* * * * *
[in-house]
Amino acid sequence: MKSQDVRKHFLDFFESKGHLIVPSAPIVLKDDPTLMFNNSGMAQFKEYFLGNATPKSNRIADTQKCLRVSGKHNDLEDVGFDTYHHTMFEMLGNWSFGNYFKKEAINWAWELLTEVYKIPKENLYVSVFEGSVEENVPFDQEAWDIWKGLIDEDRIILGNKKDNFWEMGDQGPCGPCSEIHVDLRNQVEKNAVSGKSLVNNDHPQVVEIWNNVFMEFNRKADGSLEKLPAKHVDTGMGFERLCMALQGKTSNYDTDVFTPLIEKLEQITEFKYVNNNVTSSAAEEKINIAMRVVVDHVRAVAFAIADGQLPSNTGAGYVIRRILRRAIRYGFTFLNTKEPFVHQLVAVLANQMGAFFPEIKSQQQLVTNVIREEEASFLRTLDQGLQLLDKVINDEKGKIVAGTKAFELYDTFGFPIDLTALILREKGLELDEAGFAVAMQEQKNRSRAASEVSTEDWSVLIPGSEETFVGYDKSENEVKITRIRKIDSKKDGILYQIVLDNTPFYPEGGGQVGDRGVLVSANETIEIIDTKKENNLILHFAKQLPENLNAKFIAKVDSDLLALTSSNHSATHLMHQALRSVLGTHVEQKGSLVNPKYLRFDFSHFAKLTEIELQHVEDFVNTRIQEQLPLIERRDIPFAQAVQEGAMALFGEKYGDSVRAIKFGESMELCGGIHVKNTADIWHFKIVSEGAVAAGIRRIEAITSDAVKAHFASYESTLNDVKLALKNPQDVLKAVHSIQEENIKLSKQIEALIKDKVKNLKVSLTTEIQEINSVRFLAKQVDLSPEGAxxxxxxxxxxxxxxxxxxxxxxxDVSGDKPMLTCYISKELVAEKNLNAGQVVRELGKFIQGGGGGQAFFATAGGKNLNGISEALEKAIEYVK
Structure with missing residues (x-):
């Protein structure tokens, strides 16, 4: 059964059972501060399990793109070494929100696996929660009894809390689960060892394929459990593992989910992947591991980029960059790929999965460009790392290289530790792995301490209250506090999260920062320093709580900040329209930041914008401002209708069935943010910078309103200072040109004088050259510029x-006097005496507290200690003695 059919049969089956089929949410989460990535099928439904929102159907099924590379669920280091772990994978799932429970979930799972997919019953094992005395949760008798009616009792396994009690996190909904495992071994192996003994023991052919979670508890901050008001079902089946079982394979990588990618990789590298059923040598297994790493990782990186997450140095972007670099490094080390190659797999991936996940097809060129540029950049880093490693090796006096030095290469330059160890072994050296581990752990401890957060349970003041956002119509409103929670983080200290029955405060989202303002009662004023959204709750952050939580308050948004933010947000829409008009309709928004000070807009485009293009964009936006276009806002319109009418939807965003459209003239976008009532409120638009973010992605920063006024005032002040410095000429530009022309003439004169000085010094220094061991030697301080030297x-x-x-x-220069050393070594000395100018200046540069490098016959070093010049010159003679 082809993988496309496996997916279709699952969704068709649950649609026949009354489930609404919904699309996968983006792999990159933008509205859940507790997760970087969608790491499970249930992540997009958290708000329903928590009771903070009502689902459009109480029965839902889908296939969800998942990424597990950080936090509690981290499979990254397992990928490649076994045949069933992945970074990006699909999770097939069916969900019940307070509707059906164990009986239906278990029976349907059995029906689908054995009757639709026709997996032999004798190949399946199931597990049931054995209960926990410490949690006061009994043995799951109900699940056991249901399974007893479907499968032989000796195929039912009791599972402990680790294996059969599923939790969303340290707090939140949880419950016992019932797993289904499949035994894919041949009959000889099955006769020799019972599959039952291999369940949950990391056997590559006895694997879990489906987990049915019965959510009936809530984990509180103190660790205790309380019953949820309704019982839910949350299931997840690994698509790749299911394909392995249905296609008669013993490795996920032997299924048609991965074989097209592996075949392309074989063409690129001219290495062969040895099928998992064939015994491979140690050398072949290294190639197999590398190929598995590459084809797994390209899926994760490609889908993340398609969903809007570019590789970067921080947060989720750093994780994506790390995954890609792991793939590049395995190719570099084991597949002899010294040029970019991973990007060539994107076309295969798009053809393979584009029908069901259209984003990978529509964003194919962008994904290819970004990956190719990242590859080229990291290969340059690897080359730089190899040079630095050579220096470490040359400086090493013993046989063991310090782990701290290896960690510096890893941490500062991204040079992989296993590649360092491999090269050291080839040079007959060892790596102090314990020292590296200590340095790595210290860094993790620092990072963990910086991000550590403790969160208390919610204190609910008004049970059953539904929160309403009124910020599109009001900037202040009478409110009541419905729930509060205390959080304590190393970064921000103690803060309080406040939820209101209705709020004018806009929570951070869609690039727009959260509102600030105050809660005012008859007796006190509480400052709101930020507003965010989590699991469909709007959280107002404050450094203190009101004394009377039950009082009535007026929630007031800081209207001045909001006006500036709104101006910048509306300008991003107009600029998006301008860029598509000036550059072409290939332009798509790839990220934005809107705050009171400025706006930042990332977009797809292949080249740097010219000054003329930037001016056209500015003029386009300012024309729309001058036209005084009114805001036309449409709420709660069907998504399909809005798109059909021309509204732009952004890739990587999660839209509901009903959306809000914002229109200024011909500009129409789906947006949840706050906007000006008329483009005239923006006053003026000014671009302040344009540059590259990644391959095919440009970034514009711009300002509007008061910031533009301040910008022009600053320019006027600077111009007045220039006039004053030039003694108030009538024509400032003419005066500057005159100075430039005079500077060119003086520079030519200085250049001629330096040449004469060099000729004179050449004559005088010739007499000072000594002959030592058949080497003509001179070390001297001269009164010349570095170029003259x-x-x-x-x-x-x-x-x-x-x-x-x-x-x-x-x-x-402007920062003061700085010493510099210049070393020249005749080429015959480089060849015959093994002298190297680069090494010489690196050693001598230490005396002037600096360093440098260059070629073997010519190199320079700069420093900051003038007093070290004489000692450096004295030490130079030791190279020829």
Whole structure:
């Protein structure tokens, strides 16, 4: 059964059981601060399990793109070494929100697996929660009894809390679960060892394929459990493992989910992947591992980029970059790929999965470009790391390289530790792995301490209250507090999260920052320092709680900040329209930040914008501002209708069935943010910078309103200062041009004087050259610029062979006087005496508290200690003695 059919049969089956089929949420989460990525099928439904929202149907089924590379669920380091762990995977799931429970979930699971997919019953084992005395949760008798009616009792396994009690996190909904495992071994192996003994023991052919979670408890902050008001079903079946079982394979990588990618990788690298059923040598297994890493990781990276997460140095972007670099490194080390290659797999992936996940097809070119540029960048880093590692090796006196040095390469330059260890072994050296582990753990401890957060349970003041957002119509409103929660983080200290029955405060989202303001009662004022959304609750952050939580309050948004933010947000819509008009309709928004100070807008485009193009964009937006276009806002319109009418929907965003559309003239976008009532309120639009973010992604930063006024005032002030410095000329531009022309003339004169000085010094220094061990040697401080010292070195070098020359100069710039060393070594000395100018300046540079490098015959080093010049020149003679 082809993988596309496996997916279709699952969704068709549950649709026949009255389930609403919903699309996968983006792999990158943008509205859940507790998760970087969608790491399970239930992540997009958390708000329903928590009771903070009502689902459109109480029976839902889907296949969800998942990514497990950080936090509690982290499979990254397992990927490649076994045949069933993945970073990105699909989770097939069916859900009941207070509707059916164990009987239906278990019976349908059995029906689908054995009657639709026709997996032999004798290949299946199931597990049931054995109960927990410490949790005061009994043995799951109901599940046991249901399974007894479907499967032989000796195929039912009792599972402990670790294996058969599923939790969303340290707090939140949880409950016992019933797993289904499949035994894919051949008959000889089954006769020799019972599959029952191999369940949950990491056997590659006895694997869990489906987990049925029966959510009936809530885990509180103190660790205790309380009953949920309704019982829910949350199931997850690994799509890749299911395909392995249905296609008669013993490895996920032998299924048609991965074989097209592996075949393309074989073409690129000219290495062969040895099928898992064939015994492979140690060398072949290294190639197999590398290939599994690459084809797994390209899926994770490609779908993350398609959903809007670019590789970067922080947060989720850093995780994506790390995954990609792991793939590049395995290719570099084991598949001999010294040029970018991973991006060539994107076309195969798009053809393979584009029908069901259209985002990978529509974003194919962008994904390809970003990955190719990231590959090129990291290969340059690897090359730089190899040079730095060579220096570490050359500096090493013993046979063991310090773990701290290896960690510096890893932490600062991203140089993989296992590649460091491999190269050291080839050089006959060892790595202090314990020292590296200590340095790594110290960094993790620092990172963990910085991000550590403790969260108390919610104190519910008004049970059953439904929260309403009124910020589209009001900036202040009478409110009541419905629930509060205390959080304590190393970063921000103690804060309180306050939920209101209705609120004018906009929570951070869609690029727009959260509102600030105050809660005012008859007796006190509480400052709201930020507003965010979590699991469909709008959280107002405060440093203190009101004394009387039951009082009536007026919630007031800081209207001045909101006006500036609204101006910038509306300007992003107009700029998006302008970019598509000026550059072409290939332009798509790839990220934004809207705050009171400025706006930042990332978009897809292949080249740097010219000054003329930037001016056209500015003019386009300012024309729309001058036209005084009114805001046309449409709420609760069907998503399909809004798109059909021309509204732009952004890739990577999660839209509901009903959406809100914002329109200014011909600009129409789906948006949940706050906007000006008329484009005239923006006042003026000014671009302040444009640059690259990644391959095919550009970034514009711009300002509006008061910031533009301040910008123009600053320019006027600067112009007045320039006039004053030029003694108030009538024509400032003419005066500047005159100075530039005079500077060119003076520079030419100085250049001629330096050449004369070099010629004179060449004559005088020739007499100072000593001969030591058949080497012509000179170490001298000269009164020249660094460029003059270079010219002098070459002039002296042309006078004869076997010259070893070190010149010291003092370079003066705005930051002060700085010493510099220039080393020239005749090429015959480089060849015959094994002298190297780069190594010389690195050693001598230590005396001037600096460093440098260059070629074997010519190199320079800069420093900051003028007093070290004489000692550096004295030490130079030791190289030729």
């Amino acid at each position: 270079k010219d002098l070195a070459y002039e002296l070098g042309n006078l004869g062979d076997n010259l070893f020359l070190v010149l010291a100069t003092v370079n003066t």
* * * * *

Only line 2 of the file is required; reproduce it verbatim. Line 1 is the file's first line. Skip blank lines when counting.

Amino acid sequence: MKSQDVRKHFLDFFESKGHLIVPSAPIVLKDDPTLMFNNSGMAQFKEYFLGNATPKSNRIADTQKCLRVSGKHNDLEDVGFDTYHHTMFEMLGNWSFGNYFKKEAINWAWELLTEVYKIPKENLYVSVFEGSVEENVPFDQEAWDIWKGLIDEDRIILGNKKDNFWEMGDQGPCGPCSEIHVDLRNQVEKNAVSGKSLVNNDHPQVVEIWNNVFMEFNRKADGSLEKLPAKHVDTGMGFERLCMALQGKTSNYDTDVFTPLIEKLEQITEFKYVNNNVTSSAAEEKINIAMRVVVDHVRAVAFAIADGQLPSNTGAGYVIRRILRRAIRYGFTFLNTKEPFVHQLVAVLANQMGAFFPEIKSQQQLVTNVIREEEASFLRTLDQGLQLLDKVINDEKGKIVAGTKAFELYDTFGFPIDLTALILREKGLELDEAGFAVAMQEQKNRSRAASEVSTEDWSVLIPGSEETFVGYDKSENEVKITRIRKIDSKKDGILYQIVLDNTPFYPEGGGQVGDRGVLVSANETIEIIDTKKENNLILHFAKQLPENLNAKFIAKVDSDLLALTSSNHSATHLMHQALRSVLGTHVEQKGSLVNPKYLRFDFSHFAKLTEIELQHVEDFVNTRIQEQLPLIERRDIPFAQAVQEGAMALFGEKYGDSVRAIKFGESMELCGGIHVKNTADIWHFKIVSEGAVAAGIRRIEAITSDAVKAHFASYESTLNDVKLALKNPQDVLKAVHSIQEENIKLSKQIEALIKDKVKNLKVSLTTEIQEINSVRFLAKQVDLSPEGAxxxxxxxxxxxxxxxxxxxxxxxDVSGDKPMLTCYISKELVAEKNLNAGQVVRELGKFIQGGGGGQAFFATAGGKNLNGISEALEKAIEYVK